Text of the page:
Rates of gestational diabetes are increasing among women of all racial and ethnic subgroups in the U.S. Gestational diabetes is relatively common and affects 2% to 10% of pregnancies – but can be connected to short- and long-term risks for women and their babies.
The good news is for most pregnant women gestational diabetes is transient and can be safely managed under the care of a provider. However, left untreated, gestational diabetes can have devastating impacts during pregnancy, and in some cases can lead to type 2 diabetes with potential complications including chronic kidney disease. It is critical for pregnant women to regularly see a health care provider throughout their pregnancy, as gestational diabetes often carries no symptoms.
Understanding gestational diabetes
During pregnancy, a woman’s metabolism changes temporarily. Their cells become slightly more resistant to insulin, causing the amount of sugar, or glucose, in their blood to rise. This extra sugar helps the woman’s body provide more nutrients to the baby.
However, if a pregnant woman’s cells become too resistant to insulin, they stop absorbing the glucose, and blood sugar spikes. Once a certain blood sugar level is reached, it is considered gestational diabetes.
Risk factors for gestational diabetes
What causes some women to get gestational diabetes and others to avoid it is not well understood. There are some risk factors:
- Being overweight
- Not physically active
- Having prediabetes
- Previously having gestational diabetes
- Having polycystic ovary syndrome
- Having a relative with diabetes in the immediate family
- Previously delivering a baby weighing more than nine pounds
However, women without these risk factors can also develop gestational diabetes.
Gestational diabetes testing
It is important for pregnant women to see a health care provider throughout their pregnancy. One of the routine appointments, typically between weeks 24 and 28 of pregnancy includes screening for gestational diabetes. Individuals at a higher risk may be screened earlier in their pregnancy.
The initial test is a glucose screening test. Individuals drink a syrupy solution, wait an hour, and then have their blood drawn. The blood is tested to measure blood sugar levels. Based on the result, the health care provider will make a recommendation. If the blood sugar level is higher than a certain threshold, an additional glucose screening test will be ordered to determine if gestational diabetes is present or not.
Left untreated, gestational diabetes can pose a risk to the health of the mother and baby:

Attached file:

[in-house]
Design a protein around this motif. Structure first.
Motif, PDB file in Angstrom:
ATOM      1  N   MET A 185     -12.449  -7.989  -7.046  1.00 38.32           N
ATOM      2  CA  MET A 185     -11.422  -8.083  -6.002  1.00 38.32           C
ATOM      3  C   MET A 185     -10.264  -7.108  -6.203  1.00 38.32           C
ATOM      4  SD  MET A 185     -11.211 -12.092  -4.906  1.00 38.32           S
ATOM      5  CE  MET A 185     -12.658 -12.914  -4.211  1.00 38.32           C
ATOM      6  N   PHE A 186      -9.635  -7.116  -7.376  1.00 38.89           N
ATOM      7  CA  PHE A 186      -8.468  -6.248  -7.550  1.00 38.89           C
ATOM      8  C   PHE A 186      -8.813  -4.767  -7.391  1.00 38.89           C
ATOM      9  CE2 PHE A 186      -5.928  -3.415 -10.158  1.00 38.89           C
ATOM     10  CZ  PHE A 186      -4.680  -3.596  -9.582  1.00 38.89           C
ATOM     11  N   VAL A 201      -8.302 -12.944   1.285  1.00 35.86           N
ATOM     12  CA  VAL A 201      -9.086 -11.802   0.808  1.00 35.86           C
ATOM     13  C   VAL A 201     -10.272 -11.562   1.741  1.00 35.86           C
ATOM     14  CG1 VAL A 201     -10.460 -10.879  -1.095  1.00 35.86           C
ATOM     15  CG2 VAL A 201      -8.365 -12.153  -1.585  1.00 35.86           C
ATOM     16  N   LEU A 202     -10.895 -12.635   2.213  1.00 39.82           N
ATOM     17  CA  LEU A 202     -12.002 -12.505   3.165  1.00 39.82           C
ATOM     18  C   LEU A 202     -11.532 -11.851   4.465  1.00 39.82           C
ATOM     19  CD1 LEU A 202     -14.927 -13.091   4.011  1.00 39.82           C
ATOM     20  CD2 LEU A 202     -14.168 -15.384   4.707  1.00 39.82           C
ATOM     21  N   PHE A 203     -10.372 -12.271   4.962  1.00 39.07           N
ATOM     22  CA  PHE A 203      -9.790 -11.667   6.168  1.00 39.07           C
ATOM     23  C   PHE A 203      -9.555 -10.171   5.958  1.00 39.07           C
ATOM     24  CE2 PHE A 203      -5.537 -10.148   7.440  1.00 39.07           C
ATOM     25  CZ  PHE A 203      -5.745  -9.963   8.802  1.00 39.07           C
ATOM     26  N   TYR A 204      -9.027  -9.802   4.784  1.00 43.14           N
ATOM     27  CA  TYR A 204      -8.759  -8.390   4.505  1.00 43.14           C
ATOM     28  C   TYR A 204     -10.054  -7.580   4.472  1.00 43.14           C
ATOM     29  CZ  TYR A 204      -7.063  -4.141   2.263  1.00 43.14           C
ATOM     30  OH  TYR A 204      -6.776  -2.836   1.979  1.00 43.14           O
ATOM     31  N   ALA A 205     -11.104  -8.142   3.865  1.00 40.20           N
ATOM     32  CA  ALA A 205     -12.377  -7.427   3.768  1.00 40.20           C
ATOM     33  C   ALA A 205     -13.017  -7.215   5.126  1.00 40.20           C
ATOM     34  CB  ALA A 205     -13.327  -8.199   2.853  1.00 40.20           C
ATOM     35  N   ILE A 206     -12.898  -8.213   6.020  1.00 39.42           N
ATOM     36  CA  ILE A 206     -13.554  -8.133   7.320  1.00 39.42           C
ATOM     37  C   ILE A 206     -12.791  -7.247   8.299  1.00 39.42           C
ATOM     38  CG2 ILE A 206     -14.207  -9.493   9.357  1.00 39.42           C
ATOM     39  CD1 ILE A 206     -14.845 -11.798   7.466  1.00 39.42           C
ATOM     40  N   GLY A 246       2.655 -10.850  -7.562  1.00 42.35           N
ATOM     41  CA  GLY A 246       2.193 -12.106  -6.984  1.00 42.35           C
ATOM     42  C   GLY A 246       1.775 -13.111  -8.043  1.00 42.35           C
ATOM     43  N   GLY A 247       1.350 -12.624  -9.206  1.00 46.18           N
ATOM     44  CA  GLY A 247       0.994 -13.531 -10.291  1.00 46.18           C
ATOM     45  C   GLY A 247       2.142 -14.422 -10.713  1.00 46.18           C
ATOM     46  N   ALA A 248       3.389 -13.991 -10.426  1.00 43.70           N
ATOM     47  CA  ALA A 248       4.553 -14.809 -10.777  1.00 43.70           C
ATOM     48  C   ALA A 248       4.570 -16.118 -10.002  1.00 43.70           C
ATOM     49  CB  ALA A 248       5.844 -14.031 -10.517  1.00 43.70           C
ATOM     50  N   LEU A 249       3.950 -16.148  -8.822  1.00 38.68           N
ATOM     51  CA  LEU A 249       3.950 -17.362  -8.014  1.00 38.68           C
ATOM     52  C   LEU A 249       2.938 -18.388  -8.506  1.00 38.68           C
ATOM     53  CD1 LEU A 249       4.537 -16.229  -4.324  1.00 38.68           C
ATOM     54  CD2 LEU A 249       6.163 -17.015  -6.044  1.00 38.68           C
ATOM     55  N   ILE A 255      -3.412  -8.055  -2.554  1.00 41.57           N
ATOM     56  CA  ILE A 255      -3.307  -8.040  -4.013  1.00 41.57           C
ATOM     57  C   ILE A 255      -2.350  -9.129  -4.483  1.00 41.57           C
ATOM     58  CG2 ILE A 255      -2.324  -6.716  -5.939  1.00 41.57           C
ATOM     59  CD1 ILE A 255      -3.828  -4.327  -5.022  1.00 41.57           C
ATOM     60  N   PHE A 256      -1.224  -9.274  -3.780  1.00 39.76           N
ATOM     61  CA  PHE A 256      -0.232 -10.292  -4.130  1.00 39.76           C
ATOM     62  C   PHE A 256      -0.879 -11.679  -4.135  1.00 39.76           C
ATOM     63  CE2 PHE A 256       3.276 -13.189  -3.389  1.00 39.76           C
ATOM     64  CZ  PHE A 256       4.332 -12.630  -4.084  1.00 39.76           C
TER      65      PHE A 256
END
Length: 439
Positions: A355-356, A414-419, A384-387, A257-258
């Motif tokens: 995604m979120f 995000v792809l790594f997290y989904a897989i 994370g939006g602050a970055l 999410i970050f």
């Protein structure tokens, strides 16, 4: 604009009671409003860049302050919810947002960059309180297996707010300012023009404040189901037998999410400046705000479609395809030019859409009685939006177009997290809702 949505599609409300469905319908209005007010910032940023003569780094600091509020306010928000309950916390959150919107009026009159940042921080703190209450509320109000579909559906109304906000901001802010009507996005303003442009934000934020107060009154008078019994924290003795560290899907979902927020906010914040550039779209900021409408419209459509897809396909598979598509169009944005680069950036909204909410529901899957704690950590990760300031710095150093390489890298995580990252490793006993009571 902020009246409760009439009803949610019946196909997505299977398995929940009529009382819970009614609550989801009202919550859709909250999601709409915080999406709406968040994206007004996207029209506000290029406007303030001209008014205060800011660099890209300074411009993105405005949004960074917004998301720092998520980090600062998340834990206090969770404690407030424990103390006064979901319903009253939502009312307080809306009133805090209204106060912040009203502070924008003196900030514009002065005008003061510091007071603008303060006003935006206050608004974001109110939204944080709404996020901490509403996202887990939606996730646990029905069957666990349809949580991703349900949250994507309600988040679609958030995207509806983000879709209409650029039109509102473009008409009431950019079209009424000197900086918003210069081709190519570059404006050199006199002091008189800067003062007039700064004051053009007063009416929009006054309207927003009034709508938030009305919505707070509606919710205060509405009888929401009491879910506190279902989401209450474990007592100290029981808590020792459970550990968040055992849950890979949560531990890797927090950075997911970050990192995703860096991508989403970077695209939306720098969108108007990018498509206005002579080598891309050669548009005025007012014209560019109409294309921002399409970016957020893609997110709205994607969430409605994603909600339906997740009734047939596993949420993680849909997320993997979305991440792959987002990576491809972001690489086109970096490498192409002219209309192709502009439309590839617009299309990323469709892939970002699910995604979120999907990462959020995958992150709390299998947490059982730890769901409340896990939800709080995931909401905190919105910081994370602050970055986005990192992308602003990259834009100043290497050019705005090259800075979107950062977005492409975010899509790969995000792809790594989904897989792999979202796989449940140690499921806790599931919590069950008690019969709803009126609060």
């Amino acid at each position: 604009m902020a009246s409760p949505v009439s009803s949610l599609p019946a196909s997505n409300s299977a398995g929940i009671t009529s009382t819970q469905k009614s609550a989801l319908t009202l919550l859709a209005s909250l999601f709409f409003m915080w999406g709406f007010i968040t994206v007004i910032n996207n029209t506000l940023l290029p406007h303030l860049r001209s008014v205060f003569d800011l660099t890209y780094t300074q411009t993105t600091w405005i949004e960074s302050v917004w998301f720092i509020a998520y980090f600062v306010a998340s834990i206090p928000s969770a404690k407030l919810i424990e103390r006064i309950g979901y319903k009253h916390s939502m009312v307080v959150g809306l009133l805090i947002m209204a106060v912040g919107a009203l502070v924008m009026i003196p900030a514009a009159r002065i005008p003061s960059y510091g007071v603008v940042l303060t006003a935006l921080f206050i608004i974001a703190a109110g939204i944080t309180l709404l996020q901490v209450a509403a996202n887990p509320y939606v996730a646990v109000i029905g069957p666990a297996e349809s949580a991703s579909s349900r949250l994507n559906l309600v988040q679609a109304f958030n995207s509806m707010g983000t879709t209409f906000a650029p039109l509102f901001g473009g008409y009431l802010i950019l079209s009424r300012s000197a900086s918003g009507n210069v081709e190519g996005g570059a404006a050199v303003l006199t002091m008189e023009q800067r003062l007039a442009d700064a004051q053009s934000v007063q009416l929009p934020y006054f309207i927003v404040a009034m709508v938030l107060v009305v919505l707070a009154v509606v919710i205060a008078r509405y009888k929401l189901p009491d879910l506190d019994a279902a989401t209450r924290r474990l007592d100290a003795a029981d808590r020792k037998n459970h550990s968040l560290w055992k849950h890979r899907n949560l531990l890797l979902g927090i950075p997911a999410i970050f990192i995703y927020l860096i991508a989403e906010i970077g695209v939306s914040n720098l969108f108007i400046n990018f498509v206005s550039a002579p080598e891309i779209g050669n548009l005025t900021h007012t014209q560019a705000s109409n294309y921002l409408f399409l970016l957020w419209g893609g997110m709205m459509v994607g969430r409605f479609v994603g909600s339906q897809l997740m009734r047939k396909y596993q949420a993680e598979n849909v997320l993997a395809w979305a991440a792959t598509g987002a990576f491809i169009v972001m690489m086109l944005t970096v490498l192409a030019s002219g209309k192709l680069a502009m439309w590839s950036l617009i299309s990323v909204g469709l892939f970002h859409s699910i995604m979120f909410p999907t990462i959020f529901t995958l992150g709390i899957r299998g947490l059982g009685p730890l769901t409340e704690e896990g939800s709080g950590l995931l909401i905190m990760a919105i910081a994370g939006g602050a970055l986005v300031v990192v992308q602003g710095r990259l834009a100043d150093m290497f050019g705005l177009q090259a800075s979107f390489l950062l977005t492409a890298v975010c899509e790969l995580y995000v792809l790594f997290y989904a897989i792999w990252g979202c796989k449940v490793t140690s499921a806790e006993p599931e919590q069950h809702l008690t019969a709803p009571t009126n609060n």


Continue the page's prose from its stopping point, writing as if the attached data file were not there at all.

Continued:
- The baby may grow larger, increasing the likelihood of a preterm birth or the need for a C-section
- There’s an increased risk of stillbirth
- The baby has an increased risk for low blood sugar shortly after birth which could cause seizures
Additionally, pregnant women with gestational diabetes are at an increased risk for high blood pressure and preeclampsia during their pregnancy. Gestational diabetes goes away for most women after delivery. However, women with a history of gestational diabetes are 10 times more likely to develop type 2 diabetes later in life.
After delivering their child, women should get tested for diabetes six to 12 weeks later, and then every one to three years afterwards.
Managing gestational diabetes
After issuing a diagnosis of gestational diabetes to a pregnant woman, a provider will likely recommend that they adopt a diabetes diet and incorporate safe exercise.
Pregnant women may also have to check their blood sugar regularly and may need to take insulin.
Gestational diabetes prevention
The best thing women can do for themselves and their babies is to start healthy habits as soon as possible – even before getting pregnant. While there is no one way to prevent gestational diabetes, starting from a place of health can help women and their health care providers navigate the pregnancy journey ahead. Here are some health tips:
- Exercise regularly: Staying active is important for pregnant women. Talk with a health care provider about the types of activity that are safe during pregnancy. Low-impact moderate activity, like walking and yoga, are great to incorporate, as well as finding small ways to move more during the day.
- Eat a balanced diet: Pregnancy can bring both food cravings and aversions, especially during the first trimester. Strive to incorporate a variety of food when you can. High-fiber foods including fruits, vegetables and whole grains – as well as healthy fats and proteins – will help the body through the changes of pregnancy.
- Talk about weight gain with a provider: Gaining weight during pregnancy is healthy and normal. Talk with a health care provider about how much weight gain is appropriate.
- Keep up with routine doctor’s visits: Do not skip wellness visits during pregnancy. Sometimes issues with blood sugar and blood pressure can arise without showing noticeable symptoms.
Patricia Ferguson, M.D., is medical director at Senior Health Services, Emergent Holdings. Emergent Holdings is a separate entity contracted by Blue Cross Blue Shield of Michigan to perform administrative services for Blue Cross’ Medicare Advantage program. For more health news and information, visit MIBluesPerspectives.com.
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